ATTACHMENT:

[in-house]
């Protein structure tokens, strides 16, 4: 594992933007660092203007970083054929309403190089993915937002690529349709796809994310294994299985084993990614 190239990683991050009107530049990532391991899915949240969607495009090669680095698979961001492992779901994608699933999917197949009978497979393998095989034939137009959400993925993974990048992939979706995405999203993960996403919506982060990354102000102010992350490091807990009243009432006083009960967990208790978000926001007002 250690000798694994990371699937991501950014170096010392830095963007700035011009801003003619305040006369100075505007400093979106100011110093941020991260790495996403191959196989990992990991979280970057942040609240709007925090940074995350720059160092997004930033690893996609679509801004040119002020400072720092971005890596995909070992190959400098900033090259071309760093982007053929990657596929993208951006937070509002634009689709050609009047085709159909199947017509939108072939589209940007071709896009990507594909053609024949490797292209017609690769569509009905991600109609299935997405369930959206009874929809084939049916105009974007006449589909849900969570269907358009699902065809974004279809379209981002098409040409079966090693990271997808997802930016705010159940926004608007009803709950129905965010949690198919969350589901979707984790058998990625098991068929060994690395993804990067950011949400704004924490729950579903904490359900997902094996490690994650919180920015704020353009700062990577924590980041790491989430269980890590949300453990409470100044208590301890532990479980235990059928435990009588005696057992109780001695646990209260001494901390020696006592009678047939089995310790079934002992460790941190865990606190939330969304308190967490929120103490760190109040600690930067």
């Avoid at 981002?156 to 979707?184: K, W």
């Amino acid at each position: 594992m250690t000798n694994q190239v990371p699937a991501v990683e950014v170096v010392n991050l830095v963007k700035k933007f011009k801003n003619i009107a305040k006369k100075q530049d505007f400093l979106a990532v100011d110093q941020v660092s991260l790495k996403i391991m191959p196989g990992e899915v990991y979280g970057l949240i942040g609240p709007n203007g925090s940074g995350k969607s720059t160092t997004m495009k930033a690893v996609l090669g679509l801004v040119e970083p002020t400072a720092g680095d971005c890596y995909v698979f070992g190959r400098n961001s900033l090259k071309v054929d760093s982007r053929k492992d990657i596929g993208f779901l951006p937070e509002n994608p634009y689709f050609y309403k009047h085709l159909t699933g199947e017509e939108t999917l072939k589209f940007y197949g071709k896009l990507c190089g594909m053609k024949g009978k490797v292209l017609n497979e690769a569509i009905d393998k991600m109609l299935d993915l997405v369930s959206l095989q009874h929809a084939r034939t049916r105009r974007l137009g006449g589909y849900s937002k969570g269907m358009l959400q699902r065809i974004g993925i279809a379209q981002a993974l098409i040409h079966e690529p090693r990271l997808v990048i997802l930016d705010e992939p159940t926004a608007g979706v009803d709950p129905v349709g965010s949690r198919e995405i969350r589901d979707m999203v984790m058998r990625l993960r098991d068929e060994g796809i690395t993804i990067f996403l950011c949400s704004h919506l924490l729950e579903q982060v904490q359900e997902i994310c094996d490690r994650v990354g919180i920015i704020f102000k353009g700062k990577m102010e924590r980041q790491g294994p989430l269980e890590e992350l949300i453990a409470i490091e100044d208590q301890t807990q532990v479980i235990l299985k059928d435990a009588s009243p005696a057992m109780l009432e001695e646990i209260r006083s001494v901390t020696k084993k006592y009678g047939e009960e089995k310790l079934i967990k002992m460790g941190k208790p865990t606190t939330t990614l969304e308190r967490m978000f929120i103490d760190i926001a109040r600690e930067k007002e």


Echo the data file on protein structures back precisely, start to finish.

[in-house]
């Protein structure tokens, strides 16, 4: 594992933007660092203007970083054929309403190089993915937002690529349709796809994310294994299985084993990614 190239990683991050009107530049990532391991899915949240969607495009090669680095698979961001492992779901994608699933999917197949009978497979393998095989034939137009959400993925993974990048992939979706995405999203993960996403919506982060990354102000102010992350490091807990009243009432006083009960967990208790978000926001007002 250690000798694994990371699937991501950014170096010392830095963007700035011009801003003619305040006369100075505007400093979106100011110093941020991260790495996403191959196989990992990991979280970057942040609240709007925090940074995350720059160092997004930033690893996609679509801004040119002020400072720092971005890596995909070992190959400098900033090259071309760093982007053929990657596929993208951006937070509002634009689709050609009047085709159909199947017509939108072939589209940007071709896009990507594909053609024949490797292209017609690769569509009905991600109609299935997405369930959206009874929809084939049916105009974007006449589909849900969570269907358009699902065809974004279809379209981002098409040409079966090693990271997808997802930016705010159940926004608007009803709950129905965010949690198919969350589901979707984790058998990625098991068929060994690395993804990067950011949400704004924490729950579903904490359900997902094996490690994650919180920015704020353009700062990577924590980041790491989430269980890590949300453990409470100044208590301890532990479980235990059928435990009588005696057992109780001695646990209260001494901390020696006592009678047939089995310790079934002992460790941190865990606190939330969304308190967490929120103490760190109040600690930067």
């Avoid at 981002?156 to 979707?184: K, W």
């Amino acid at each position: 594992m250690t000798n694994q190239v990371p699937a991501v990683e950014v170096v010392n991050l830095v963007k700035k933007f011009k801003n003619i009107a305040k006369k100075q530049d505007f400093l979106a990532v100011d110093q941020v660092s991260l790495k996403i391991m191959p196989g990992e899915v990991y979280g970057l949240i942040g609240p709007n203007g925090s940074g995350k969607s720059t160092t997004m495009k930033a690893v996609l090669g679509l801004v040119e970083p002020t400072a720092g680095d971005c890596y995909v698979f070992g190959r400098n961001s900033l090259k071309v054929d760093s982007r053929k492992d990657i596929g993208f779901l951006p937070e509002n994608p634009y689709f050609y309403k009047h085709l159909t699933g199947e017509e939108t999917l072939k589209f940007y197949g071709k896009l990507c190089g594909m053609k024949g009978k490797v292209l017609n497979e690769a569509i009905d393998k991600m109609l299935d993915l997405v369930s959206l095989q009874h929809a084939r034939t049916r105009r974007l137009g006449g589909y849900s937002k969570g269907m358009l959400q699902r065809i974004g993925i279809a379209q981002a993974l098409i040409h079966e690529p090693r990271l997808v990048i997802l930016d705010e992939p159940t926004a608007g979706v009803d709950p129905v349709g965010s949690r198919e995405i969350r589901d979707m999203v984790m058998r990625l993960r098991d068929e060994g796809i690395t993804i990067f996403l950011c949400s704004h919506l924490l729950e579903q982060v904490q359900e997902i994310c094996d490690r994650v990354g919180i920015i704020f102000k353009g700062k990577m102010e924590r980041q790491g294994p989430l269980e890590e992350l949300i453990a409470i490091e100044d208590q301890t807990q532990v479980i235990l299985k059928d435990a009588s009243p005696a057992m109780l009432e001695e646990i209260r006083s001494v901390t020696k084993k006592y009678g047939e009960e089995k310790l079934i967990k002992m460790g941190k208790p865990t606190t939330t990614l969304e308190r967490m978000f929120i103490d760190i926001a109040r600690e930067k007002e």